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Police urge users to use caution with new Snapchat map feature

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MUSKEGON HEIGHTS, Mich. -- Snapchat has a new feature that has many parents and law enforcement concerned.

Snapchat is one of the hottest social media applications and it's newest feature is grabbing a lot of attention. Simply swipe two fingers together and voila, there's the Snap Map. Once activated you can allow your friends to see your exact location, down to the building.

Some law enforcement officials are urging parents to delete their child's Snapchat from their phones or monitor it closely.

"It's like any other piece of technology, but my concern is the abuse of it," said Dr. Joseph Thomas Jr., chief of police for Muskegon Heights.

Thomas says the new feature has him worried.

"You have predators out there and they monitor that type of thing," said Thomas.

Users have the option to go into Ghost Mode where no one else can see you, but when turned off, all of your friends can track you. Thomas says it's who you allow to be on that list that's the problem.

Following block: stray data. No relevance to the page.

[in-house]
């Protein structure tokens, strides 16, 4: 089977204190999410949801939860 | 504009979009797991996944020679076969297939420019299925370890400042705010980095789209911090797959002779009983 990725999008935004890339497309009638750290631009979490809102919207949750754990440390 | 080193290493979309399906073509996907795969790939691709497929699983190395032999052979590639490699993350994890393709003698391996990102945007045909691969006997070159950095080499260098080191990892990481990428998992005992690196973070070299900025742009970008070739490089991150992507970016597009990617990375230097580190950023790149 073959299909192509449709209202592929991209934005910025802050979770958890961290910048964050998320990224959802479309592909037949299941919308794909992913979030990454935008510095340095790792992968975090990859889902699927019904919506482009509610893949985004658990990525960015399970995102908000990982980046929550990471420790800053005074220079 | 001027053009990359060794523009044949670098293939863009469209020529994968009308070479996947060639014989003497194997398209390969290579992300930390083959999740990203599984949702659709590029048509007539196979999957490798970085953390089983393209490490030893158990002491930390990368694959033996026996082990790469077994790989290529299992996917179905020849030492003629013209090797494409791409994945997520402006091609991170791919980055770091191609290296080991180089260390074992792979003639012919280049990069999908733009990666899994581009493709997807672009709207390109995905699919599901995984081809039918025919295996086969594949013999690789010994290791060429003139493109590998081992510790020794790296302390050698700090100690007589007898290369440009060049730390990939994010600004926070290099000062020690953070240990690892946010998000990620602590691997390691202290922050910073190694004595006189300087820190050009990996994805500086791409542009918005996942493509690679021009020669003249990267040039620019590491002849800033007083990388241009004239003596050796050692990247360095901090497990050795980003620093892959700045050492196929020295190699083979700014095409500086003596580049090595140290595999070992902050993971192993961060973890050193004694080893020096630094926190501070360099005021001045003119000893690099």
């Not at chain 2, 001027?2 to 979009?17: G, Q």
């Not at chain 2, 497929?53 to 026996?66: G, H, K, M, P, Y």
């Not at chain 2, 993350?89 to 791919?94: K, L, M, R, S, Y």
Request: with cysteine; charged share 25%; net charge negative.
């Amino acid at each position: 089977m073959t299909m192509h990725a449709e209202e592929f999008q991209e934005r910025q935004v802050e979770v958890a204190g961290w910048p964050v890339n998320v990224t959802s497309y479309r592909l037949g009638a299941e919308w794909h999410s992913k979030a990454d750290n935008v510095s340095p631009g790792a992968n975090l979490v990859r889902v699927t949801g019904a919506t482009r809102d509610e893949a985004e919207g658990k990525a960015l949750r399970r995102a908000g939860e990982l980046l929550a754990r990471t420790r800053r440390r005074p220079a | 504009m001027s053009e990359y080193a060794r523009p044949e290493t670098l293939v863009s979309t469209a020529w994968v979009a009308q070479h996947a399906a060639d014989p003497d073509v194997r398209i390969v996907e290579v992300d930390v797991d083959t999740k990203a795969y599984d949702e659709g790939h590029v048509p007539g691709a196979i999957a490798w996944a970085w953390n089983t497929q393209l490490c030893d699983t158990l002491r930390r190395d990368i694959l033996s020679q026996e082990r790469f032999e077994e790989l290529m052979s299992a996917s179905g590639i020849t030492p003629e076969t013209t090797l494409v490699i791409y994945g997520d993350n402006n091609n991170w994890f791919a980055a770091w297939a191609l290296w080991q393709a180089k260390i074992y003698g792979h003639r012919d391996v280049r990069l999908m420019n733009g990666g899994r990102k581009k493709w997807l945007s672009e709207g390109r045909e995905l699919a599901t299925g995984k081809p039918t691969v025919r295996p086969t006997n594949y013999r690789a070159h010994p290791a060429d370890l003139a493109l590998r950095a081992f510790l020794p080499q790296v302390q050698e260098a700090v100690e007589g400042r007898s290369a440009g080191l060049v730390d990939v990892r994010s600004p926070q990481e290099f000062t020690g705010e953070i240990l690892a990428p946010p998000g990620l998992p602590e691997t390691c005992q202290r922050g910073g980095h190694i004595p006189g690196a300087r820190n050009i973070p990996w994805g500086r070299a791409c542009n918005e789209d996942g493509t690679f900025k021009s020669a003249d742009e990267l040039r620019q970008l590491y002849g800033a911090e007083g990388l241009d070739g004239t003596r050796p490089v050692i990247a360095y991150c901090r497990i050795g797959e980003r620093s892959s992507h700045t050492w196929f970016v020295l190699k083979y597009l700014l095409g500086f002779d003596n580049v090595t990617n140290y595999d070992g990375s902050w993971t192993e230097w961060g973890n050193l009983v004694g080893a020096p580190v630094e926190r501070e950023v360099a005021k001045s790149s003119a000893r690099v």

"We want young people, adults as well as underage people to be careful telling people where you are, especially when you're going to be alone or in an isolated place somewhere, that's not good," said Thomas.

If a user posts a story to Snapchat and selects "Our Story" then that picture or video can be seen by the public if they click on that location on the map.

In a statement from Snapchat, they said:

"The safety of our community is very important to us and we want to make sure that all Snapchatters, parents and educators have accurate information about how the Snap Map works. With Snap Map, location-sharing is off by default for all users and is completely optional. Snapchatters can choose exactly who they want to share their location with, if at all, and can change that setting at any time."

Chief Thomas' advice to parents is simple.

"Learn how to operate a cell phone so that you can turn off these applications and show your child how to turn them off because you don't want your child or girlfriend or husband to be using some of these devices," said Thomas. "Explain to them why you don't want to use this device and hope that they don't go back and turn it back on.

Just like anything, Chief Thomas says Snapchat isn't the problem; it's how people intend to use it is where the potential for danger lies. He suggests turning on Ghost Mode if you're alone or traveling somewhere by yourself. He also advises parents to know if your kids are using it.

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